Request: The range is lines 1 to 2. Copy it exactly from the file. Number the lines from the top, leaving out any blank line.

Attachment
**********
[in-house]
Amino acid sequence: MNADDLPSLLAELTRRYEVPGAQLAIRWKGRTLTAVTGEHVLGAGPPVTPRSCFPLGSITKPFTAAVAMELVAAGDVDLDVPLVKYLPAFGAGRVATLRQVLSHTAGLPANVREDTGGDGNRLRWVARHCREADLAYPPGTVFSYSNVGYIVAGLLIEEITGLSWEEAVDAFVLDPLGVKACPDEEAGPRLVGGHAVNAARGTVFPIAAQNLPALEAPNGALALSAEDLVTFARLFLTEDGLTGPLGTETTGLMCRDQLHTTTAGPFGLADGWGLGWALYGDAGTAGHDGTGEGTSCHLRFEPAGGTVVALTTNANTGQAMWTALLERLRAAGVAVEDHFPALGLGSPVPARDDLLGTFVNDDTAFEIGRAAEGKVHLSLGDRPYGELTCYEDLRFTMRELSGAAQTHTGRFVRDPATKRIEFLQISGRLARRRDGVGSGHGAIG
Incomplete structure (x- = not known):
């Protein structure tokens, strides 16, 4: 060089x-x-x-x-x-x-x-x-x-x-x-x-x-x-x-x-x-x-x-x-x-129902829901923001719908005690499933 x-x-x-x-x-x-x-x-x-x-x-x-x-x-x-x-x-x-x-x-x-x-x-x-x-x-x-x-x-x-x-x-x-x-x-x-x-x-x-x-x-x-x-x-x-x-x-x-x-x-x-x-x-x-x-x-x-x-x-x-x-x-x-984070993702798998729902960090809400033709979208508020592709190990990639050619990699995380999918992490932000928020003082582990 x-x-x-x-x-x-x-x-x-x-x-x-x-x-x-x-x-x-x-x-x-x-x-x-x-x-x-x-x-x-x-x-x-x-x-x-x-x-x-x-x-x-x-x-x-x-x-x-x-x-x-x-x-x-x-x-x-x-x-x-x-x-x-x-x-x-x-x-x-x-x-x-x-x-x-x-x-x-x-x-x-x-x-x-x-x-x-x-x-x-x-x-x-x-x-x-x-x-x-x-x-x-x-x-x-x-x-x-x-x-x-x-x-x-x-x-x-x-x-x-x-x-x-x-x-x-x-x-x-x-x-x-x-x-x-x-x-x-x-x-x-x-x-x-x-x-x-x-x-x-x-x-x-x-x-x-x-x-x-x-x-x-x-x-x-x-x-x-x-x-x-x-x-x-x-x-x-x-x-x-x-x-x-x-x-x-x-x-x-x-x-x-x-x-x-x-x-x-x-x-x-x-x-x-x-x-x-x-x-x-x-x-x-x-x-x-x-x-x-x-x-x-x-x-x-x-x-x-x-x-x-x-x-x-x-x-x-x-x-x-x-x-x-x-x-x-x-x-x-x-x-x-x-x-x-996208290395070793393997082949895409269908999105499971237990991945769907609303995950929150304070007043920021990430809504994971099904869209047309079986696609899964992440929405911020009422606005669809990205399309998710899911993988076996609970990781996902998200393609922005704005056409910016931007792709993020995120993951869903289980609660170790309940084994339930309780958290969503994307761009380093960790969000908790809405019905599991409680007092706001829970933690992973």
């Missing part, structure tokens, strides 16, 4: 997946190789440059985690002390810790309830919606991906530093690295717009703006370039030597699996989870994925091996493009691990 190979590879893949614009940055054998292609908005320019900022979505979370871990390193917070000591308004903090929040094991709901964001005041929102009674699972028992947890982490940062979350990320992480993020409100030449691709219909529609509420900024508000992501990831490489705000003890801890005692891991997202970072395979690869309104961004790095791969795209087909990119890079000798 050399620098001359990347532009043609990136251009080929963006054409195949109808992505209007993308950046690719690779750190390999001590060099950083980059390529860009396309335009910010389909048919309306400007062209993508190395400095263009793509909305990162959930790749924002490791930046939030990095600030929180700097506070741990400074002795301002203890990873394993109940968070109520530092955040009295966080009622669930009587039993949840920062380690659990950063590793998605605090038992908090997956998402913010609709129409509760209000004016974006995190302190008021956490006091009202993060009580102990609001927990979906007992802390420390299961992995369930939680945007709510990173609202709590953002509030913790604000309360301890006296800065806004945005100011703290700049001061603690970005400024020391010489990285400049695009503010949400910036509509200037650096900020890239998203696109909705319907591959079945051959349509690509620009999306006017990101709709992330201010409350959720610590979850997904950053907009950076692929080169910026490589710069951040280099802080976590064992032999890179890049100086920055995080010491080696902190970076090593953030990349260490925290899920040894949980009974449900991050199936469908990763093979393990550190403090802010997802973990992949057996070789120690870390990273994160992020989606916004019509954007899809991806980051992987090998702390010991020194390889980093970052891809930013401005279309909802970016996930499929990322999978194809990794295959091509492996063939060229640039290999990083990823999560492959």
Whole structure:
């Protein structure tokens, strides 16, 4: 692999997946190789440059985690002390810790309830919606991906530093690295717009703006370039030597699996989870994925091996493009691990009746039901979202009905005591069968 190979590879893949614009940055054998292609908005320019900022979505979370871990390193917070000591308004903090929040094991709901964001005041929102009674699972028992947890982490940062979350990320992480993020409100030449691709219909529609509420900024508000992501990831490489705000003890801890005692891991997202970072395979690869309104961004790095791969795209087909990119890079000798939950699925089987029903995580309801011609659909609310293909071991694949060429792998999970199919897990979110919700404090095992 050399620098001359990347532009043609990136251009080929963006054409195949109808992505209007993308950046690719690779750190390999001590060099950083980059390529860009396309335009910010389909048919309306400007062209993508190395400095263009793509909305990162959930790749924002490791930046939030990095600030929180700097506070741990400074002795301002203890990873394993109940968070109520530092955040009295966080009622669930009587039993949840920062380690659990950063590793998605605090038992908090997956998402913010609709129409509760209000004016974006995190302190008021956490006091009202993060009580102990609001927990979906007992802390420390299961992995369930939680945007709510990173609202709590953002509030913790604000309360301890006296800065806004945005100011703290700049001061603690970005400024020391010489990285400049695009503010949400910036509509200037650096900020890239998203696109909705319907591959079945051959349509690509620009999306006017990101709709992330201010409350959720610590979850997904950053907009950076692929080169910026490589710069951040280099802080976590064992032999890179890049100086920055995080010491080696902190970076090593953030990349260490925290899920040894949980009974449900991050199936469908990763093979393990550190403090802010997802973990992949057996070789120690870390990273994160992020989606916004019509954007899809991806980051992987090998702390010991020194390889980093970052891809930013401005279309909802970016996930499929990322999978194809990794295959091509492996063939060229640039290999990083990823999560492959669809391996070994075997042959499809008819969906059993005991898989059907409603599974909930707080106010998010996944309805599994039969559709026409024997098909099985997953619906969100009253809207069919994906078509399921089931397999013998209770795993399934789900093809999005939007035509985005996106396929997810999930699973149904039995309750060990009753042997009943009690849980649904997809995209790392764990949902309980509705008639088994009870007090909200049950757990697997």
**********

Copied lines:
[in-house]
Amino acid sequence: MNADDLPSLLAELTRRYEVPGAQLAIRWKGRTLTAVTGEHVLGAGPPVTPRSCFPLGSITKPFTAAVAMELVAAGDVDLDVPLVKYLPAFGAGRVATLRQVLSHTAGLPANVREDTGGDGNRLRWVARHCREADLAYPPGTVFSYSNVGYIVAGLLIEEITGLSWEEAVDAFVLDPLGVKACPDEEAGPRLVGGHAVNAARGTVFPIAAQNLPALEAPNGALALSAEDLVTFARLFLTEDGLTGPLGTETTGLMCRDQLHTTTAGPFGLADGWGLGWALYGDAGTAGHDGTGEGTSCHLRFEPAGGTVVALTTNANTGQAMWTALLERLRAAGVAVEDHFPALGLGSPVPARDDLLGTFVNDDTAFEIGRAAEGKVHLSLGDRPYGELTCYEDLRFTMRELSGAAQTHTGRFVRDPATKRIEFLQISGRLARRRDGVGSGHGAIG